Posted by Kathy Bazoian Phelps
On April 3, 2012, Minnesota Governor Mark Dayton signed a new law, Chapter 151, House File 1384, designed to protect nonprofits from having to pay back donations made by Ponzi perpetrators and other fraudulent sources. The new law actually restricts a trustee’s recovery in three distinct ways.
First, it amends Minnesota Statutes § 513.41 to exempt charitable organizations from returning transfers made outside of a two year statute of limitations. The current statute of limitation on fraudulent transfer lawsuits is six years. The new statute effectively shortens the statute of limitations by amending the definition of a “transfer” to exclude any transfer more than two years before the commencement of the action, as follows:
“Transfer” does not include a contribution of money or an asset made to a qualified charitable or religious organization or entity unless the contribution was made within two years of commencement of an action under sections 513.41 to 513.51 against the qualified charitable or religious organization or entity and [the transfer was either an actual or a constructive fraudulent transfer].
Second, even within the two years before the action is commenced, recovery of constructive fraudulent transfers is restricted in amount according to a formula that further narrows the definition of a “transfer,” as follows:
A transfer of a charitable contribution to a qualified charitable or religious organization or entity is not considered a [constructive] transfer . . . if the amount of that contribution did not exceed 15 percent of the gross annual income of the debtor for the year in which the transfer of the contribution was made; or the contribution exceeded that amount but the transfer was consistent with practices of the debtor in making charitable contributions.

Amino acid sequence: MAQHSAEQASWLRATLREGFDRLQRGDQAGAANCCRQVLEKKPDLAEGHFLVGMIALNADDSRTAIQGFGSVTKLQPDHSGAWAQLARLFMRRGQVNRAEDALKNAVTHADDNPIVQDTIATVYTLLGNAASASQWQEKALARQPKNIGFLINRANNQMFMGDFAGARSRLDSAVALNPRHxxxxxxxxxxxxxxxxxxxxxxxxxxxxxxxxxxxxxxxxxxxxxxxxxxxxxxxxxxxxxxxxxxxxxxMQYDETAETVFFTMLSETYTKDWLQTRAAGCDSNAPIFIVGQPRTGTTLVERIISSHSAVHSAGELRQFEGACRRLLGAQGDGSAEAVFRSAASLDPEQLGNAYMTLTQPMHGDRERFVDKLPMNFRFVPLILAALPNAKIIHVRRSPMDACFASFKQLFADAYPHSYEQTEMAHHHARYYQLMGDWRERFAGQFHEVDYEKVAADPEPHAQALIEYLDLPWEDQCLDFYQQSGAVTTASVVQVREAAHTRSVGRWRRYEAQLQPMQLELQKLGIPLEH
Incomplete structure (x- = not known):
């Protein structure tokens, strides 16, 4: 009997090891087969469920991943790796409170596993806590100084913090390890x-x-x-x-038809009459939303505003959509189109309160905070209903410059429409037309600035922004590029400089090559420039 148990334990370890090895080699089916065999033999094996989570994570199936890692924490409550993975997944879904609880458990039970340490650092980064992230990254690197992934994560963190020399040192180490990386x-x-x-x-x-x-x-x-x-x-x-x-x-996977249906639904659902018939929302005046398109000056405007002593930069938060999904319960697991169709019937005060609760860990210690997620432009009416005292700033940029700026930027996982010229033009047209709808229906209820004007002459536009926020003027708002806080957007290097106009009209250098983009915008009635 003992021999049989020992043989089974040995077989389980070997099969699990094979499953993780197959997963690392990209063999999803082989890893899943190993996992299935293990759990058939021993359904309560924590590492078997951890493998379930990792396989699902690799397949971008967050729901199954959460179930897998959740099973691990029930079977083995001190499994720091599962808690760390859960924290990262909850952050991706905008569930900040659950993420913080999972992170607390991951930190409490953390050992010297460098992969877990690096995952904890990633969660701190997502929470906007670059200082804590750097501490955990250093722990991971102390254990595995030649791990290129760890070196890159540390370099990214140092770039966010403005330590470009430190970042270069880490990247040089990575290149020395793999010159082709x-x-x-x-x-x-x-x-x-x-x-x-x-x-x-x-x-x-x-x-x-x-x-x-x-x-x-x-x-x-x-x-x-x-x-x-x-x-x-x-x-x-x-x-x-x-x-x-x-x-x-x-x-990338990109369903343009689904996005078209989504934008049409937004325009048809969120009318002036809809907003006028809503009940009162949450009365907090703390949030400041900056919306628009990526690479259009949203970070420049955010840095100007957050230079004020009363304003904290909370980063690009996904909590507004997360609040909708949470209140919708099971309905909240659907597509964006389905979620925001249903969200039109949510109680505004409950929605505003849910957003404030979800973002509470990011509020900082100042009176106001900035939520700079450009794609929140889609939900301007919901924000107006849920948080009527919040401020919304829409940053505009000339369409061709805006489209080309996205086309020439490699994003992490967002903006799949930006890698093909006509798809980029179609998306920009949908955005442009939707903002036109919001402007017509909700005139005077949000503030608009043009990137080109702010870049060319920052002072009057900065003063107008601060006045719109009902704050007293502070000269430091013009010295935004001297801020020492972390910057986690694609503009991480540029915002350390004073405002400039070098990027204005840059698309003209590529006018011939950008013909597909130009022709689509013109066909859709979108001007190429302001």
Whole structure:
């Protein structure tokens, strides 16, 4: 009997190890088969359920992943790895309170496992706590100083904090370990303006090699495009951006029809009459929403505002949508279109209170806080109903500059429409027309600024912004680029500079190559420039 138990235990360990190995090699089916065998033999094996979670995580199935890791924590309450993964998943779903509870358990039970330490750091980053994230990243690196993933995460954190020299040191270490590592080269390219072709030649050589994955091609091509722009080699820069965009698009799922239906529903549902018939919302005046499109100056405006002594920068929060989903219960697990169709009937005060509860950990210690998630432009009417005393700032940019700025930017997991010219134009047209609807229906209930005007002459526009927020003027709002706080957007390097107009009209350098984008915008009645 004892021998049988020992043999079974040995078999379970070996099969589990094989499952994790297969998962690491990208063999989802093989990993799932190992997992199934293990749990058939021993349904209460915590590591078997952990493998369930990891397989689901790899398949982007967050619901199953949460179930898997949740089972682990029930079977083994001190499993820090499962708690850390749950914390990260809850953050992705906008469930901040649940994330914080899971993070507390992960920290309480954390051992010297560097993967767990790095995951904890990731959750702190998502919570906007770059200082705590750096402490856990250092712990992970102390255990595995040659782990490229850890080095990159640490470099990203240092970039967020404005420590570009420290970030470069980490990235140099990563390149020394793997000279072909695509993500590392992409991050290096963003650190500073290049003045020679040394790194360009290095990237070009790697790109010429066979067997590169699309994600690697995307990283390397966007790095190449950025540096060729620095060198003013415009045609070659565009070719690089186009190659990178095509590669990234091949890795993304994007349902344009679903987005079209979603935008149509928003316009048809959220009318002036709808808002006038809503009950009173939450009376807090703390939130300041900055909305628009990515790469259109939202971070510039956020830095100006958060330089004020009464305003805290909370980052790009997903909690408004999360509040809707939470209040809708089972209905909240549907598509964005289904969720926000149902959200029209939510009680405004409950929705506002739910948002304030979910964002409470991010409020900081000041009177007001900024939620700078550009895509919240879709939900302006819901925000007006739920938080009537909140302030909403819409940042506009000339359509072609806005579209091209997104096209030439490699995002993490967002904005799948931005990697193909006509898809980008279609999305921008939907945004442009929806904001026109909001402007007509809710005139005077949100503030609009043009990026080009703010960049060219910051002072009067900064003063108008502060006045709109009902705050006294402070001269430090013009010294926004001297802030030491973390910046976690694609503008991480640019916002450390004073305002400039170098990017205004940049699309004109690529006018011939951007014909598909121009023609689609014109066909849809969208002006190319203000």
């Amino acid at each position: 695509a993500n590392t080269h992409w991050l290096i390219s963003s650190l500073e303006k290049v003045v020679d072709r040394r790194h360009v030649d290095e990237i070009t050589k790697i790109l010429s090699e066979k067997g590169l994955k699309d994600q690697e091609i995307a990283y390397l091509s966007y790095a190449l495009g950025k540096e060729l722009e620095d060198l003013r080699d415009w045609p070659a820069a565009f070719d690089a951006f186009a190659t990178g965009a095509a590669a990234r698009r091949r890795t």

Those familiar with the Bankruptcy Code will recognize that this precise limitation applies to a trustee’s recovery under § 548(a)(2). As a result, substantial case law is available that should assist in interpreting and applying this new Minnesota restriction. This case law is thoroughly reviewed in § 3.02 of The Ponzi Book: A Legal Resource for Unraveling Ponzi Schemes, by Kathy Bazoian Phelps and Hon. Steven Rhodes.
The third way in which the new Minnesota statute restricts a trustee’s recovery is that these limits are given immediate effect and are applied to existing lawsuits, as follows:
This section is effective the day following final enactment and applies to a cause of action existing on, or arising on or after, that date.
Reactions to the new law have been as expected. Doug Kelley, the trustee in the Thomas Petters bankruptcy case pending in Minnesota, had sued several charities, including the Minnesota Teen Challenge for $2.3 million and the College of St. Benedict for $2 million. He has been quoted as saying that the new law could possibly bar him from collecting between $200 million and $450 million. He also reportedly expressed concern that the law will turn Petters’ investors into two-time victims by reducing their recoveries.
On the other side, the College of St. Benedict told the Minneapolis Star Tribune that it “accepted and spent the donations in good faith from 2003 to 2006 to further its mission,” and added, “We are gratified that a bill recently passed by the 2012 Minnesota Legislature and awaiting the governor’s signature recognizes the position of nonprofits in such situations.”
It will be interesting to whether other states follow Minnesota’s lead on this important question. The new Minnesota law is available here.